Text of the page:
Oh they are. Look they were in a sense positive experiences. Certainly they were both learning experiences for me. When I was at News Limited, where I went subsequently, we went on strike a couple of times. And I was against the strike on both occasionsThey were pay and conditions strike. It wasn't a fundamental question of justice strike. And I can remember standing up and it was in the lower Trades Hall in Sussex Street, it might not even be there anymore, and arguing in front of six to seven hundred people that we shouldn't go on strike and not meeting with a particularly warm reception.
But you still chose to stay in the union at that stage. What was it about unions that made you want to be part of them?
Historically trade unions have had quite an important and valuable role civilising the workplace; establishing the dignity of labour and so on. I think that unions today have in some respects too much power - too entrenched a place in the system, and I think it would probably be in their interests, the Labor Party's interests and the national interests if some of those things are changed. But, my view was that I was in a unionised industry; my colleagues were in the union; and I should be in the union. So I was in the union, and in fact I stayed in the union, I think for twelve months after I left journalism. I went in as a political adviser, where of course there was no tradition of union membership. Because I'm not against unions as such. But I have a critique of unions which I think is worth pursuing.
But let me finish on Tony Abbott and unions. My most recent experience - prior to taking up this job - was some dealings with the SDA over the issue of carparking fees for staff at Warringah Mall in my electorate. Now, my view was, and is, that to suddenly hit staff with a compulsory carparking fee. Most of the staff have got to drive, they don't really have public transport options, and once you are there you have got to park and really, especially for the older staff, they have got to park as close as possible, which means parking in the Warringah Mall car park. To hit people like that with a $3 a day parking fee, amounts to a $15 a week pay cut to people who are only earning just over $400 a week. It is very unfair. So I was a supporter of the union, and I suppose in a sense the union was a supporter of mine in campaigning against that fee. And I am pleased to say that thus far at least, Warringah Council has refused to approve Warringah Mall's attempt to hit the workers with a $3 a day parking fee, mainly Warringah Mall. So that was another positive, if informal operation.
Just on your past, you were also involved with Santamaria's DLP. Talk us through that.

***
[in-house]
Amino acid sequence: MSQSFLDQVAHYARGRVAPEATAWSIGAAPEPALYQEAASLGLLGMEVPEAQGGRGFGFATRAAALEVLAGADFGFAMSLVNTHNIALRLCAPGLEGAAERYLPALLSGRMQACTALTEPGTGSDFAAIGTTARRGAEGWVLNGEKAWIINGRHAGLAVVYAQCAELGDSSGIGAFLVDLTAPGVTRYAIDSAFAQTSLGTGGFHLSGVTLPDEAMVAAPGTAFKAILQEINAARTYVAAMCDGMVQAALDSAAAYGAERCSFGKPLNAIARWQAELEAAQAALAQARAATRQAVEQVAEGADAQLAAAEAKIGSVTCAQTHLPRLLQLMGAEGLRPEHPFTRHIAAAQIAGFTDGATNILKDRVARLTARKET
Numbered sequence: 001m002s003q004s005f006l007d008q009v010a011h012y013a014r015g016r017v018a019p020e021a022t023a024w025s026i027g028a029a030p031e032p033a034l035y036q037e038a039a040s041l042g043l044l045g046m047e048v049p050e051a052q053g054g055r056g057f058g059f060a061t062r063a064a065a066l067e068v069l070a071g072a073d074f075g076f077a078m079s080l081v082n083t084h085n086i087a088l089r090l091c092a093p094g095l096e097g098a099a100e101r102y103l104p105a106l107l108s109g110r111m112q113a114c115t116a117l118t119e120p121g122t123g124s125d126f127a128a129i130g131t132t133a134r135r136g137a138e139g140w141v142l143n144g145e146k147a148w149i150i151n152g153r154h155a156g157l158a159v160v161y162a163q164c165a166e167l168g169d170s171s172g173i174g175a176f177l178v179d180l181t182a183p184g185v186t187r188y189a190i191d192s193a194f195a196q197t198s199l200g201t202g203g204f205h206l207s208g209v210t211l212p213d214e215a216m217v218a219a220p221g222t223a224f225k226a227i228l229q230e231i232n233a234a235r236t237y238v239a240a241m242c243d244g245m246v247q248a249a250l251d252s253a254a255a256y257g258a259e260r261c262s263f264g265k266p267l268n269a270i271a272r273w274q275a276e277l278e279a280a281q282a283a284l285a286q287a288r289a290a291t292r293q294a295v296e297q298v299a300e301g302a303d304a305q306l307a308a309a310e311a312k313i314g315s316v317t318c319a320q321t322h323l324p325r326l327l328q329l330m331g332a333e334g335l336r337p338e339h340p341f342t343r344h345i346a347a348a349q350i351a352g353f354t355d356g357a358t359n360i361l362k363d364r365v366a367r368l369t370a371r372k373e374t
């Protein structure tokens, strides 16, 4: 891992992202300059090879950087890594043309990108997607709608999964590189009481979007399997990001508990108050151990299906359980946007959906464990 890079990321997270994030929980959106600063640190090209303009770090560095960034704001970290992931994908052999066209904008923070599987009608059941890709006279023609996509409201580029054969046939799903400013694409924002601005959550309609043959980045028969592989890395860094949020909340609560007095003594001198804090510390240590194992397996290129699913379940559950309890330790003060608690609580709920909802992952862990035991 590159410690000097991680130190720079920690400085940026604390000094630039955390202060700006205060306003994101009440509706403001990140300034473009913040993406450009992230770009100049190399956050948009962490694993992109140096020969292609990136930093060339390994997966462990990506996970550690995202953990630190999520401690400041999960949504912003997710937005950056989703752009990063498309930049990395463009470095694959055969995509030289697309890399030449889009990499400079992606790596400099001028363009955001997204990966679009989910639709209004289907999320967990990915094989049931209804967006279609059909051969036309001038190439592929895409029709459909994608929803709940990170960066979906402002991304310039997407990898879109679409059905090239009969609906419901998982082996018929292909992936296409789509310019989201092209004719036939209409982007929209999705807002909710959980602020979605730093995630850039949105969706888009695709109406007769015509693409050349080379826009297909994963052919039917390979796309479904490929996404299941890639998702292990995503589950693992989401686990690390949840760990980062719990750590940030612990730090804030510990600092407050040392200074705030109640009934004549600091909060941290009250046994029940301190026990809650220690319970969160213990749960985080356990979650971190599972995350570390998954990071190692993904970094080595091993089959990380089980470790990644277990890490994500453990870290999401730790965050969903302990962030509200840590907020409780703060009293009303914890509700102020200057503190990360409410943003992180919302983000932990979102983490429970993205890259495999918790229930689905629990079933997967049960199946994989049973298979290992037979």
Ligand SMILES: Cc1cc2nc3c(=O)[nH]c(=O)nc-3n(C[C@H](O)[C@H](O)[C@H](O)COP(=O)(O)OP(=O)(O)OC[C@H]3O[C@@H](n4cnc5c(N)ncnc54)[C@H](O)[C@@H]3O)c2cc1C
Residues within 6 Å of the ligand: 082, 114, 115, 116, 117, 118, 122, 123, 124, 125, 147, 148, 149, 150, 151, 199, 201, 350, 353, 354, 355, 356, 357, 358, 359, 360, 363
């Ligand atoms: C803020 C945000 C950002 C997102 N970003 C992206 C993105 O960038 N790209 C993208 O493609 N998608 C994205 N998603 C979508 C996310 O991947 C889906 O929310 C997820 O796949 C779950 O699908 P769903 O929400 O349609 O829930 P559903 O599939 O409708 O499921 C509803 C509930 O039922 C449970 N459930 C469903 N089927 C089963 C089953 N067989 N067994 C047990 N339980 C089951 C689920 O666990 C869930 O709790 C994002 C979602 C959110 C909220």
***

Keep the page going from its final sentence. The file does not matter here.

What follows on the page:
When I was at Sydney University I was involved with something called the Democratic Club and the Democratic Club was the independent successor of the old DLP Club. There were strong but informal links between the Democratic Club and the NCC. Not all of the people who were involved with the Democratic Club had the link with the NDC but many of us did. And certainly I was happy to draw inspiration, guidance and occasionally some practical help from the NCC in terms of the work that I was doing on campus.
Well, let's move on to the present. You were talking about the role of unionsand how you think they have become too powerful. Explain what you mean by that?
I think Noel Pearson has made this comment about indigenous activism. During the early 90s indigenous activists lined up, almost to a man with the ALP and then the government changed and indigenous activists felt they were dealing with the enemy. Now the trouble is the enemy was the government of the country, and if you try to achieve good results for your people, you have got to work with the government of the day, even if it maybe wasn't your first choice. You have got to work with it because it is the government of the day for better or for worse, and there was I think a resistance on the part of a lot of indigenous leaders to doing that.
As long as the unions are institutionally linked with the Labor Party, they will have a sense of ownership with Labor governments and a sense of antagonism with non-Labor governments. That is to say, there will be an unhealthy closeness with Labor governments and there will be an unhealthy alienation from non-Labor governments.
But surely they are different. They set up the Labor Party!
And good parents let their kids go their own way. My kids will one day set up their own household and I hope they will always love me, but they are certainly not going to always obey me. Hell, I mean, it's hard to get them to obey me now and they are only eleven.
Are there any issues that you wish you could be working closer with the unions on?
I would like the unions to feel less hostile to workplace agreements. We have set these things up in such a way as there is no reason why a worker who doesn't enter into an AWA can't use a union as his bargaining agent, or can't use a union to provide information. There is no reason why workers who have gone on to AWAs can't remain members of unions. The only fundamental difference between an AWA and other agreements, is that there is no absolute necessity to go to the union to make the agreements - but there is no reason why you can't use the union to help you make the agreement. Why don't unions say to their members, look, if you think you can get a better deal for yourself out of an AWA, fine, by all means go down that path, but if you want our help and assistance we are happy to provide it.